Rare neon-pink slug survives bushfires

Massive, neon-pink slugs can be found atop an extinct volcano in inland New South Wales. But while the bushfires were raging, rangers were concerned for their future.
By Australian Geographic January 30, 2020 Reading Time: 2 Minutes

A RARE, BRIGHT-PINK slug that only exists atop an extinct volcano in Mount Kaputar, NSW, has managed to survive, despite a previously grim outlook.

On 26 January the NSW National Parks and Wildlife Service confirmed that 60 of the slugs had been spotted by park rangers after recent rainfall.

It was feared that the slugs had been affected by the fires that blazed through Mount Kaputar National Park in October. With their limited range (10sq.km, 1500m above sea level), rangers were concerned for their future.

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The slugs were only officially named in 2013 (Triboniophorus aff. graeffei). Before then it was thought the slugs were merely a relative of Australia’s triangle slugs. 

The NPWS posted the update on the slugs to its Facebook page, writing, “They may not be as cute as koalas or wallabies, but this species also plays an important role in its ecosystem.” 

It also confirmed that the national park will remain closed to visitors due to the fire damage.

In positive news, the eye-catching bright pink Mount Kaputar slug has survived the recent bushfires, with about 60…

NSW National Parks and Wildlife Service 发布于 2020年1月25日周六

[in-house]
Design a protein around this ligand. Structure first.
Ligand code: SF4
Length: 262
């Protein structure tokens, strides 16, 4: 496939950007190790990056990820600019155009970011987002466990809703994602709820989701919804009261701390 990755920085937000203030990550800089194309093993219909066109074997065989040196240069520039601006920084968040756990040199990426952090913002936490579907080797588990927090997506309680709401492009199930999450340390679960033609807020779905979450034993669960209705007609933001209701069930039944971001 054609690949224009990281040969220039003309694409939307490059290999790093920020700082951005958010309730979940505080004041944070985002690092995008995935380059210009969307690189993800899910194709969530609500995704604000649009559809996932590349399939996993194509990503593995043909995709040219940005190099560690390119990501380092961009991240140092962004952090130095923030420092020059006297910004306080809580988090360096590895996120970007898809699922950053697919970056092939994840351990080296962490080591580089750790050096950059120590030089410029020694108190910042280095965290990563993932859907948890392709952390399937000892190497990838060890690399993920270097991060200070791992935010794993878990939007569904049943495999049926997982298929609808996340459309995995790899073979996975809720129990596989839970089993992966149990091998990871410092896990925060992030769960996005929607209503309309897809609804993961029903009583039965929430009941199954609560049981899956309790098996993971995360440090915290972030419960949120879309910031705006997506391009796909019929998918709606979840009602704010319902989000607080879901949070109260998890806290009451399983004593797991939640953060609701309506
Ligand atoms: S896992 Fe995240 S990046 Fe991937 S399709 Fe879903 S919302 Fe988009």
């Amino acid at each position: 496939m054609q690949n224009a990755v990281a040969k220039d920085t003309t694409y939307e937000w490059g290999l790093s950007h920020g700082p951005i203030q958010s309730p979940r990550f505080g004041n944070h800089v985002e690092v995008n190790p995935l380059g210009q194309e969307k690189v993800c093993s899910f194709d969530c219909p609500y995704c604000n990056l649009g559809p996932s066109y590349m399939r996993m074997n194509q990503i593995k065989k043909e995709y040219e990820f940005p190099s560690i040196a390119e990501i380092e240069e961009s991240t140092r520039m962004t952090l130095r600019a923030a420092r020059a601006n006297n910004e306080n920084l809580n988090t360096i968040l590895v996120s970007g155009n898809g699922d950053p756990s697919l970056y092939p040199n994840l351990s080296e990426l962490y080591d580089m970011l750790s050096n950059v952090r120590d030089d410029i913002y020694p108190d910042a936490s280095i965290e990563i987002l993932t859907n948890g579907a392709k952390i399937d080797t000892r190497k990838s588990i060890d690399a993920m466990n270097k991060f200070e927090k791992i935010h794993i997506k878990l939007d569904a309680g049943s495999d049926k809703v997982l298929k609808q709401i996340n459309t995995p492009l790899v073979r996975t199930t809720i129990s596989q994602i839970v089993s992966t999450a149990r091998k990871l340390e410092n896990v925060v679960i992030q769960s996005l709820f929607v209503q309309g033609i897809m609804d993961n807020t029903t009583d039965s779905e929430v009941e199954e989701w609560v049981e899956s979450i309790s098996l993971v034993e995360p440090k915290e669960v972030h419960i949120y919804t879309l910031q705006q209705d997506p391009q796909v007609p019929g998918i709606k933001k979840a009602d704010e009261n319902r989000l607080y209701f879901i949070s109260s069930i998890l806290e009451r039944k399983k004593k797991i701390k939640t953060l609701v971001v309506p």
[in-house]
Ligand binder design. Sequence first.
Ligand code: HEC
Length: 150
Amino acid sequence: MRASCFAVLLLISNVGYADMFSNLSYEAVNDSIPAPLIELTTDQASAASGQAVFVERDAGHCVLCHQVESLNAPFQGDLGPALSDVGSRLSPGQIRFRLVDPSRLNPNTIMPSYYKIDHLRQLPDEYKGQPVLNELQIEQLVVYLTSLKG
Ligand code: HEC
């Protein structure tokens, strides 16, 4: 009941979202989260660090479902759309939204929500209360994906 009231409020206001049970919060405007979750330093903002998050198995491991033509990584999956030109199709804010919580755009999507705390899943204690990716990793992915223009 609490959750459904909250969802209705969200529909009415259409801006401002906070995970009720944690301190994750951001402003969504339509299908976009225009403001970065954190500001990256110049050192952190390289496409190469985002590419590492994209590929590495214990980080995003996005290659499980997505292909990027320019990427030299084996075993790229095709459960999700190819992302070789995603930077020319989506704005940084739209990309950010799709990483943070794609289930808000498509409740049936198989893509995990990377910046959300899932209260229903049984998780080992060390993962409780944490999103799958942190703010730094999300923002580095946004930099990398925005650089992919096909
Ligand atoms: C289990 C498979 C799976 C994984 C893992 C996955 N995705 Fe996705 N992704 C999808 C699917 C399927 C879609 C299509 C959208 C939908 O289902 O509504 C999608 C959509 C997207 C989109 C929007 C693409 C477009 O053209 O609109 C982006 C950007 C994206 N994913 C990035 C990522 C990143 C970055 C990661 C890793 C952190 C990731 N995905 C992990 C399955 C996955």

High-altitude slugs

The slugs have maintained a low profile due to their remote location and their preference for a cold, wet environment – they only emerge after a good bout of rain. 

At their largest they reach roughly the length of a paperback book and have a width of 4–6cm. Ranger Michael Murphy, who’s also a trained biologist with a specialty in land snails, believes that with their charismatic colour and size, these slugs are a bright figurehead for the many more dowdy threatened invertebrates.

“There are more land snails listed as threatened, endangered or extinct by the International Union for the Conservation of Nature (IUCN) than birds, mammals, reptiles, amphibians and fish put together,” says Michael.

Their damp, canopied patch, which is also home to the Kaputar hairy snail, the Kaputar cannibal snail and a dozen other important species, was the first land-snail habitat to be declared an endangered ecological community.

 Image credit: Michael Murphy

And why pink you ask? 

“There’s one idea that the pink colour camouflages them against the colour of fallen snow gum leaves on the forest floor,” says Michael.

“But then again they spend a lot of their time way up in the canopy nowhere near the floor… so it might just be that if you’re a giant slug way up on an isolated mountain top, you can be whatever colour you like.”